Hendriks stumbles; A's Wild Card lead cut to 1

September 17th, 2019

OAKLAND -- The ability of to bring stability to the ninth inning has been a major reason the A’s find themselves in control of a playoff spot this late in the year. But Monday night saw a rare Hendriks hiccup.

After Khris Davis' RBI single broke an eighth-inning tie, Hendriks was unable to make a one-run lead hold up as he surrendered a pair of runs in a 6-5 loss to the Royals at the Coliseum. It was just his second blown save when entering a game in the ninth this season.

Hendriks’ downfall came down to two pitches: A 2-0 fastball left over the heart of the plate that was crushed by Brett Phillips for a game-tying solo home run, and a first-pitch fastball low in the zone that was golfed by Adalberto Mondesi for a go-ahead RBI double just two batters later.

“The ball was down the middle to Phillips, and Mondesi hit a good pitch the other way for a double,” A’s manager Bob Melvin said. “[Hendriks] has been absolutely fantastic for us. Every now and then, you’re going to blow a save.”

On a night when the Rays and Indians -- the two clubs hot on the A’s trail for the top American League Wild Card spot -- were idle, the loss shrunk Oakland’s lead for the top spot over Tampa Bay to just one game with 11 to go in the regular season. The loss also snapped a six-game winning streak for the A's.

Hendriks wasn’t the only pitcher who struggled to hold a lead.

A high pitch count led to an early departure for A’s starter Tanner Roark, who was pulled with two runners on and two outs in the fifth at 110 pitches. Melvin went to Jake Diekman for a lefty-lefty matchup against Alex Gordon, but the favorable matchup backfired when Gordon lined a game-tying two-run single.

Roark escaped a bases-loaded jam the previous inning by striking out three batters in a row and felt strong enough to finish off the fifth, but he understood the reasoning behind Melvin’s move.

“I wanted to stay, but it’s that time of year where we’re right on the cusp of things. I don’t blame him. I threw a lot of pitches,” Roark said. “I just have to do more of getting early contact with a good defense behind me.”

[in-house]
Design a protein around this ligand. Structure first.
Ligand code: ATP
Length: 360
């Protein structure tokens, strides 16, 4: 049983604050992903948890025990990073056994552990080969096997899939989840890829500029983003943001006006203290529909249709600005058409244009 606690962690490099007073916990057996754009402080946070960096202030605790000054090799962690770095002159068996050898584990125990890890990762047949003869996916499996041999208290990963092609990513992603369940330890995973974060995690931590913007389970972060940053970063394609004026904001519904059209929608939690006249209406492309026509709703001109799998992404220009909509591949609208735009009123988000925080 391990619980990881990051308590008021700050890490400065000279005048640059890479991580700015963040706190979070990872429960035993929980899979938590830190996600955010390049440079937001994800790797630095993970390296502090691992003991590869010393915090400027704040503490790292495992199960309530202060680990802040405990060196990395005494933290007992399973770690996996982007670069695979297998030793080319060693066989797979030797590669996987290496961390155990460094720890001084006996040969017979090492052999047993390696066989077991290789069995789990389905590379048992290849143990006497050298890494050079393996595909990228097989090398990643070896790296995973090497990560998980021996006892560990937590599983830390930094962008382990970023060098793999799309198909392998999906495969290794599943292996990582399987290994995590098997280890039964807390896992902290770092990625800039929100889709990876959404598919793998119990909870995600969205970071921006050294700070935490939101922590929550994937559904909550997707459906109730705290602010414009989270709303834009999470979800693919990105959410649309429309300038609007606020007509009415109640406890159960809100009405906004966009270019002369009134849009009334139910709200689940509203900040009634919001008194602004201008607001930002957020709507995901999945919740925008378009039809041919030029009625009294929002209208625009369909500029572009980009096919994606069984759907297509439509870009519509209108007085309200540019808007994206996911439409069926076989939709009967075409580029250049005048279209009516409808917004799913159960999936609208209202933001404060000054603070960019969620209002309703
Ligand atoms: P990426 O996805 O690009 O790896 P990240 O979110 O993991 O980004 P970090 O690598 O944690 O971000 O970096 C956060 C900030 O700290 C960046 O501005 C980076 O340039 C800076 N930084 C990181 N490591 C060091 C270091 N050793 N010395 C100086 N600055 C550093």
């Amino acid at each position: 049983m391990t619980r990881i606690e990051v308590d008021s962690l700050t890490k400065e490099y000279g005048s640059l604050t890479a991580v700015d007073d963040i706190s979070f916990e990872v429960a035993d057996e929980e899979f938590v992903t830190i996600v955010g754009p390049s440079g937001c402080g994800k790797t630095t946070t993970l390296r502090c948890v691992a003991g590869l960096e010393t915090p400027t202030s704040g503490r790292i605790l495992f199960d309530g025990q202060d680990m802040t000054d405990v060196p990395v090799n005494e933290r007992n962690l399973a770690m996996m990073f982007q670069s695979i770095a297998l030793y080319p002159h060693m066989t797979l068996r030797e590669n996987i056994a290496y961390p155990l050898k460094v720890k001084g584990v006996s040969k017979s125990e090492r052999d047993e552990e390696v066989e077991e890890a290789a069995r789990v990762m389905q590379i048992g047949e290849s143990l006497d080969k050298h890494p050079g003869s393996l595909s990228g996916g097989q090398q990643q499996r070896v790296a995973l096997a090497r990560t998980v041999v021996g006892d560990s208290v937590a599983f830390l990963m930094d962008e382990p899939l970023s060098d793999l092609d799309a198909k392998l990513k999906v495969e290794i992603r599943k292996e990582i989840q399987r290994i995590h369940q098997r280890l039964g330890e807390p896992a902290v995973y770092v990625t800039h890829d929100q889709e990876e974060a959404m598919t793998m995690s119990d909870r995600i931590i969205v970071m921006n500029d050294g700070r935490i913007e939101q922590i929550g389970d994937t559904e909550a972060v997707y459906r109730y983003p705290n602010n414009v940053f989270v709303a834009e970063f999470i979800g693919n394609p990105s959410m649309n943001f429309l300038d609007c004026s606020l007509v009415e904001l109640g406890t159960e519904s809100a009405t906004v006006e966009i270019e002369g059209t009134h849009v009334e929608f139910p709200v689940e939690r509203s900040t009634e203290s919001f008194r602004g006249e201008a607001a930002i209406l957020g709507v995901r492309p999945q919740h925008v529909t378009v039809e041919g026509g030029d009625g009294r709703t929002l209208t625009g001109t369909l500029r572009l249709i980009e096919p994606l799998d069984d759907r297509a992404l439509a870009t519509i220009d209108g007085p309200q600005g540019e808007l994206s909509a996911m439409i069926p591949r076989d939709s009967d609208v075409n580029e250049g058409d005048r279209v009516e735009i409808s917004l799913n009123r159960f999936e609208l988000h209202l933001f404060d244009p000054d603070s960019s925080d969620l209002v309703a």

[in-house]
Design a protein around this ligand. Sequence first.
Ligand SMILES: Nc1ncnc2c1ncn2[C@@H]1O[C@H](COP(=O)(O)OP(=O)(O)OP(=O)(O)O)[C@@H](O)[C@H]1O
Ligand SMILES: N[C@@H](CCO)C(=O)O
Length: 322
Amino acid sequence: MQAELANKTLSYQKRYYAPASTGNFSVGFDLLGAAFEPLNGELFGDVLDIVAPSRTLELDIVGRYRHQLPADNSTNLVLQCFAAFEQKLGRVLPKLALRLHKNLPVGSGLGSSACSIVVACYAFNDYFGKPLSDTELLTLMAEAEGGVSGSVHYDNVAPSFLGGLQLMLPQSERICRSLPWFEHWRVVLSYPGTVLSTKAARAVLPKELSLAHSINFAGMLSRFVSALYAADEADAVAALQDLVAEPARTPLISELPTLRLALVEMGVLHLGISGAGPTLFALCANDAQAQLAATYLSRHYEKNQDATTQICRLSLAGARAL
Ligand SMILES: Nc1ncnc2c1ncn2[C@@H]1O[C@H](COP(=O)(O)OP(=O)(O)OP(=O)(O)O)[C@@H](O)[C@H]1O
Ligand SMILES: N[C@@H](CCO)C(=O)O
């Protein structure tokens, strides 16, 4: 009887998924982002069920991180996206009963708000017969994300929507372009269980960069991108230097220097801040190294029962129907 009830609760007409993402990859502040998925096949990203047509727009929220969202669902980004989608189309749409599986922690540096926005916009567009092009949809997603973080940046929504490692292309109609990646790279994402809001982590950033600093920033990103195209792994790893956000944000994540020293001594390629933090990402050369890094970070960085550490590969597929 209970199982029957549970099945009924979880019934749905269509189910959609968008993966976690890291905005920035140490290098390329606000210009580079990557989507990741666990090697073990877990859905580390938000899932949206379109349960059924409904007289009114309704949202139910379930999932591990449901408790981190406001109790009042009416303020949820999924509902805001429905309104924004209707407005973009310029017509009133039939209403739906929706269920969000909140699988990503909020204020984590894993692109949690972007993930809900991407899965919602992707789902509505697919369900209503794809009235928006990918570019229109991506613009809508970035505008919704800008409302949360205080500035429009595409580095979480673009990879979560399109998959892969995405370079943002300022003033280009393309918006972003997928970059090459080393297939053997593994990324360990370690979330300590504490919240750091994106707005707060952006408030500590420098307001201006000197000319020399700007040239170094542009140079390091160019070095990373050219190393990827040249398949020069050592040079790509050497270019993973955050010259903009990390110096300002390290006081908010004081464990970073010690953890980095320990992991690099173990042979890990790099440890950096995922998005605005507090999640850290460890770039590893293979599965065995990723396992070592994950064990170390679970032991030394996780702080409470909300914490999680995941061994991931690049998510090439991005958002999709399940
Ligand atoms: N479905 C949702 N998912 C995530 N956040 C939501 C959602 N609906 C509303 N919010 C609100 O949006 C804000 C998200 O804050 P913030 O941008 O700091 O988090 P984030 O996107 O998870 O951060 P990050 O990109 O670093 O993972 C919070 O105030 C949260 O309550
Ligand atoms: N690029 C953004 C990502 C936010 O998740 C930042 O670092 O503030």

Roark was charged with four runs on seven hits over 4 2/3 innings and his eight strikeouts were the most he’s recorded in a start since joining the A’s.

Semien surpasses a legend

Melvin has stated his case for to garner AL MVP votes on multiple occasions. With a record-breaking season that seemingly continues to get more impressive each day for the shortstop, that idea may no longer seem far-fetched.

With Rickey Henderson taking in the action Monday night from a seat right behind home plate at the Coliseum, Semien etched himself in Oakland lore, adding to an early A’s lead in the second inning with a two-run blast off Royals starter Glenn Sparkman. The homer was Semien’s 31st of the year and his 29th when batting in the leadoff spot, surpassing Henderson’s club record of 28 homers from the leadoff spot in 1990.

“I saw Rickey today right behind home plate,” said Semien, who was unaware of the record until being told after the game. “I thought it was pretty cool that he was sitting back there and checking us out. He’s always helping us in the clubhouse and just hanging out with us. He’s an MVP and Hall of Famer.”

Making the record a little more meaningful for Semien is the Bay Area connection the two share, with Henderson an Oakland native and Semien having grown up in nearby El Cerrito.

“It’s pretty special,” Semien said. “He was my dad’s favorite player growing up. It’s pretty cool to be in any conversation with him.”

The home run, which came on a 3-0 fastball from Sparkman that was blasted 105.6 mph off the bat and traveled a Statcast-estimated 415 feet, was part of a 3-for-5 day for Semien. While players might often get a bit fatigued at this point in the year, Semien only appears to get stronger.

Leading the AL with 151 games played, Semien is now 14-for-32 with five home runs and 10 RBIs over his last seven games.

“We talk about it every day. He’s been fantastic,” Melvin said. “Durable, power, average, on-base, defense -- he’s one of the better players in the league.”